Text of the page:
Moran pushing Mayo’s positives ahead of Galway game

Keeping and eye on the border: Andy Moran keeps an eye over the border into Galway in Cong during the week. Mayo play Galway on Sunday in Tuam Stadium at 2.30pm in the third round of the Allianz Football League. Photo: Sportsfile.

Keeping and eye on the border: Andy Moran keeps an eye over the border into Galway in Cong during the week. Mayo play Galway on Sunday in Tuam Stadium at 2.30pm in the third round of the Allianz Football League. Photo: Sportsfile.

The morning after letting a game that was there for the winning slip against Kerry in McHale Park, it would be no player’s ideal way to spend an hour in the presence of journalists looking for answers to myriad questions on the state of play in Mayo football. But as is necessitated in the age of sponsorship and PR, Andy Moran took some time off work and brought himself to the border in Cong to promote Sunday’s Allianz League game against Galway in Tuam Stadium.

The 27-year-old Ballaghaderreen club man has always been a straight talker and he was no different this time out. After having some time to reflect on what went wrong against Kerry when Mayo couldn’t put to bed the Munster men, Moran was straight and honest in his analysis.

“The whole range of skills between shooting, making little mistakes like ball handling, not clearing the ball in time, things like that,” he said. “But we were very happy with the way we played all the same, to get the chances is the key at times. But we really didn’t handle the weather all that well when it came to putting the ball over the bar.”

The decision to give Kerry a penalty, which changed the course of the contest, was the major talking point at the end of the game and, while Moran didn’t think it was a spot kick, he recognises that himself and his team mates all played contributing factors to the decision being made. “The penalty, to be honest I thought it was a harsh decision, I think 90 per cent of people who were at the match didn’t think it was a penalty. Maurice (Deegan ) saw it another way and I think he got a few other decisions wrong. But the basic fact is that we had three or four chances to clear the ball. Our half forward line didn’t work hard enough to give the boys an opportunity to give it to us, and there were a few mistakes back at bit further and they capitalised. Bryan Sheehan put it to the corner of the net, he took his chance, it’s as simple as that. It’s a harsh game sometimes, but that’s the way it is. We’ll learn from that as well.”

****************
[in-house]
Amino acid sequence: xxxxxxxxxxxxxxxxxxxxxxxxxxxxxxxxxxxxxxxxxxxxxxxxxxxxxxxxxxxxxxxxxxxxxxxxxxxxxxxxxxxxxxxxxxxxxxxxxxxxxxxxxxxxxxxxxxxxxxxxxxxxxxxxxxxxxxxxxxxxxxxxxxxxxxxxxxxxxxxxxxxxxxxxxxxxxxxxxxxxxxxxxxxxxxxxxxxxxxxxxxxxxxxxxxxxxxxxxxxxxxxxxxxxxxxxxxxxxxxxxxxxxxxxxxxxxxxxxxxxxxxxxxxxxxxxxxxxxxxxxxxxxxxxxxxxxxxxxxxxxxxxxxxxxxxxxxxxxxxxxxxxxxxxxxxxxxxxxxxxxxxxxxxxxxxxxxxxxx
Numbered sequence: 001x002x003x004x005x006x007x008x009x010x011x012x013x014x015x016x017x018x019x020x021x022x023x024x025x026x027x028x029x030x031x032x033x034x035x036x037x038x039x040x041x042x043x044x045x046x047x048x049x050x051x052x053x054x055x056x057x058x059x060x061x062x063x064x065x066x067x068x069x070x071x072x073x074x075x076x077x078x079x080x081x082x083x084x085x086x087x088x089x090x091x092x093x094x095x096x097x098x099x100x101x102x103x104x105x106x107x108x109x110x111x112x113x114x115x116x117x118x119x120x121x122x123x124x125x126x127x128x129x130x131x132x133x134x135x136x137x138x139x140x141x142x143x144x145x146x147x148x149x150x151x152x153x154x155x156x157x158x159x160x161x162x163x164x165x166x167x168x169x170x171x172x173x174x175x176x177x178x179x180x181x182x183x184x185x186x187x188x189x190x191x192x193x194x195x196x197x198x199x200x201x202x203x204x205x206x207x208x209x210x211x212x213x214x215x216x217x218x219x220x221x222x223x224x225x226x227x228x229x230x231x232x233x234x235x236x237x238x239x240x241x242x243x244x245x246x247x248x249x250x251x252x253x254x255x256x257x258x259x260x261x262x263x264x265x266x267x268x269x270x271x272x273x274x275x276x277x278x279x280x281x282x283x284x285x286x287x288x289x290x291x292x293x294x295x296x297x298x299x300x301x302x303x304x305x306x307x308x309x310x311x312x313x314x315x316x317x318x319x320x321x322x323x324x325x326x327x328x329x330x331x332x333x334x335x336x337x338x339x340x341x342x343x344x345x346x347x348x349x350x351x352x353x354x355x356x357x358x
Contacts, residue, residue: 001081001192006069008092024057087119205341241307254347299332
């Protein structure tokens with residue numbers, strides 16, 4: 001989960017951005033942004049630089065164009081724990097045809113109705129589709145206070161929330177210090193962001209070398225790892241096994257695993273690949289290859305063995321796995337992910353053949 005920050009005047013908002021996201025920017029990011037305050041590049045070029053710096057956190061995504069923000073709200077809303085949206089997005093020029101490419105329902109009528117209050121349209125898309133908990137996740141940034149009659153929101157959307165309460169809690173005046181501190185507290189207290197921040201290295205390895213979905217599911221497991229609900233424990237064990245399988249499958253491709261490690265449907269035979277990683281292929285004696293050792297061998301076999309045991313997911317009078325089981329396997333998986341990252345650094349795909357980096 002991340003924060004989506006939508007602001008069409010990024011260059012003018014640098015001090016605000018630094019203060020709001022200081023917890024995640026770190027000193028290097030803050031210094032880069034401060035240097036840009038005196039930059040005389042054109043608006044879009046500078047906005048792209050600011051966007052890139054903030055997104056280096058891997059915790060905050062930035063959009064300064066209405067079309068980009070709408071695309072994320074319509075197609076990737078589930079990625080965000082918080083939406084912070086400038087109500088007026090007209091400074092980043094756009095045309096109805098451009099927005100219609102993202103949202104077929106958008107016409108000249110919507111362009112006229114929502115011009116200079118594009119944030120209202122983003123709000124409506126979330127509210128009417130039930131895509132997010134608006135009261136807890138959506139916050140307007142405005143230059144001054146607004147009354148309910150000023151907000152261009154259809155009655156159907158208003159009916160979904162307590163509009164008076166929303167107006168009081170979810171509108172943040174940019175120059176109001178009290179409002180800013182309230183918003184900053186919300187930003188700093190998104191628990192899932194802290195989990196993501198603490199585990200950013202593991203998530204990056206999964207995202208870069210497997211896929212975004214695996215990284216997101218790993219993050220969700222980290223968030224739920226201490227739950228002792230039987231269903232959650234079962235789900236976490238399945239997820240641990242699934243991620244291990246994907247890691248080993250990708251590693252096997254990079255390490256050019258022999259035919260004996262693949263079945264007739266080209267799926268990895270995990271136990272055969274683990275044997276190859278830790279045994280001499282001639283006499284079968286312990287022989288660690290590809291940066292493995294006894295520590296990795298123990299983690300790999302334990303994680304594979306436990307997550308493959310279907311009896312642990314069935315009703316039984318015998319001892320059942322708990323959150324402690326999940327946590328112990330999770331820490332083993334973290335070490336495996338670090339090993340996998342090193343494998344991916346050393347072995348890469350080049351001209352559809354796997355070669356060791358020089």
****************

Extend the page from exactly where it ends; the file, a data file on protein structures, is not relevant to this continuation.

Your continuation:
Mayo’s inability to convert frees into points on the board was something that caught a lot of people’s attention against Kerry but Moran said that the weather played a major role in that. “Alan (Dillon ) would have taken frees and Neil (Douglas ) would have taken frees, I wouldn’t be a naturally assigned free taker, I wouldn’t have taken them in the past; if the chance is there I have no problem taking them. I suppose Aidan (Kilcoyne ) is a naturally assigned free-taker, yesterday the conditions were terrible, I wouldn’t hold that against anyone missing them yesterday. I’m sure if he gets a chance to take them again the next day he’ll slot them over.”

Different sidelines but all looking for the same thing